Maternité Rita Merli, Hôpital Saint Damien, Nos Petits frères et sœurs
Limb-body wall complex (LBWC) is a rare condition characterized by multiple,severe congenital abnormalities in a fetus. It typically results in failure of course of the anterior body wall (thorax and abdomen) and defects of the limbs (arms and legs).
In LBWC the fetus is usually found in an abnormal position in the uterus with the body stuck against the placenta. Other aspects of LBWC may include anencephaly, encephalocele, facial clefts, scoliosis, abnormalities of the urogenital organs and short umbilical cord. Karyotyping is usually normal but the prognosis is lethal.
A 23-year-old multigravida (G3P2) came to our unit for PPROM (Premature Preterm Rupture Of Membranes) at 31 + 6/7 weeks gestation. She reported lower abdominal pain and was leaking amniotic fluid.This was confirmed by checking the cervix using a speculum.An ultrasound exam was performed which showed a fetus in breech position with the spine on the maternal left hand side. The head appeared normal and its size was consistant with the gestational age. The abdominal circumference could not be measured and it was difficult to differentiate the upper from the lower limbs. The liver, the stomach and the intestines were herniated through a severe abdominal wall defect. The fetus was moving slightly and had normal heart rate. We were unable to see the sex of the fetus.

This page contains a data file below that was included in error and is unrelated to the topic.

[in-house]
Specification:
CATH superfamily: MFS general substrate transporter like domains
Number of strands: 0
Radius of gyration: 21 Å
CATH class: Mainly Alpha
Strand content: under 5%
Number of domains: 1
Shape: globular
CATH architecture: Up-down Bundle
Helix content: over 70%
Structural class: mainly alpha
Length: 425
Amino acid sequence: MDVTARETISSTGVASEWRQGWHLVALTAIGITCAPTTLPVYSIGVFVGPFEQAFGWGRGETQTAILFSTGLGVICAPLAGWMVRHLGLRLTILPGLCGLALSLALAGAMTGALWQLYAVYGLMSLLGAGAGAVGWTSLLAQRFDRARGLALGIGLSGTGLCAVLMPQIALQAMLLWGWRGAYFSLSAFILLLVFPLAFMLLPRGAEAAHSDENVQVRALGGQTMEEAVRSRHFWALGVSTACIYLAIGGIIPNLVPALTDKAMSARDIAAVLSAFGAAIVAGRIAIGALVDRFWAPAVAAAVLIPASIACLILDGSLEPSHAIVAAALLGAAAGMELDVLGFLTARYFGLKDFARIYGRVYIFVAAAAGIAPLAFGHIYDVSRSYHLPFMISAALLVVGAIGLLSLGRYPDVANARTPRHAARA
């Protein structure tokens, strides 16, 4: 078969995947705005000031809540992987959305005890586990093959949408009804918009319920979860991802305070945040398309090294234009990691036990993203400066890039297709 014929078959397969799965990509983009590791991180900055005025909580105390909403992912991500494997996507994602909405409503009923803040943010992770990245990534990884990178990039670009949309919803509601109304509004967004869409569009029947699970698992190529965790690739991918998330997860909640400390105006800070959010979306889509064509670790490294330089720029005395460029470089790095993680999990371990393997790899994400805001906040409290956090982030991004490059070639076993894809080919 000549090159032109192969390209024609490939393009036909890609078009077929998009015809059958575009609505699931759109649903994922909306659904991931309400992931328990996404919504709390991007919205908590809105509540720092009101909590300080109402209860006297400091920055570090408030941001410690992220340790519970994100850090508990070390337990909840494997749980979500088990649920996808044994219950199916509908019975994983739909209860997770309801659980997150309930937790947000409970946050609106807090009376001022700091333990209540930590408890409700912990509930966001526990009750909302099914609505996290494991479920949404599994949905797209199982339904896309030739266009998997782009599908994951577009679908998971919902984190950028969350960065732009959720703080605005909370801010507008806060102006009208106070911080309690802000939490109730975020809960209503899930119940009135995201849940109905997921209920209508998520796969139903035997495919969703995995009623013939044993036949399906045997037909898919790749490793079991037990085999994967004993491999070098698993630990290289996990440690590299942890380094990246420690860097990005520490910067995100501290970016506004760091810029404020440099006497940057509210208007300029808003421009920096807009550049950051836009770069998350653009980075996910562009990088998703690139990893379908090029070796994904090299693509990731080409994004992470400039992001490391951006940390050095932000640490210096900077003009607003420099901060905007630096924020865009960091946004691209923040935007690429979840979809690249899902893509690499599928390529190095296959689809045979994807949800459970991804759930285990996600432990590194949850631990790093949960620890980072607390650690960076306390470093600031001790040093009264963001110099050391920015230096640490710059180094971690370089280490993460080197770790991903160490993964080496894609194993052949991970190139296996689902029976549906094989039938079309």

Another scan performed the following day depicted a scoliosis, amniotic bands and a short umbilical cord. The sex remained unidentified. At that point the diagnosis of LBWC was made.
The fetus was stillborn at 1445 grams after a spontaneous labor that took place the day after. The diagnosis was confirmed after birth. The gender was not visible.
Two main phenotypes have been described in the literature:
1-Fetuses with craniofacial defects
2-Fetuses without craniofacial defects
Different pathogenic mechanisms have been proposed for these phenotypes: an early rupture of the amnion; vascular disruption; and an intrinsic abnormal embryonic development especially the embryonic folding. More recently it has been suggested a potential genetic origin of the complex involving mutation in genes responsible for laterality.
Our diagnosis was based on the presence of scoliosis and short cord along with a major abdominal defect.
Differential diagnosis: omphalocele, gastroschisis
The prognosis of LBWC is very poor and termination of pregnancy is offered once the diagnosis is confirmed. Careful ultrasound of the fetus should therefore be undertaken whenever ventral wall defect is suspected.
To the best of our knowledge, this is the first case report from a Haitian centre where the diagnosis was made in the antenatal period and confirmed after birth.
Images 1-6: ultrasound 2D and color Doppler images showing scoliosis, short umbilical cord and abdominal organs outside the abdominal cavity (liver and intestines).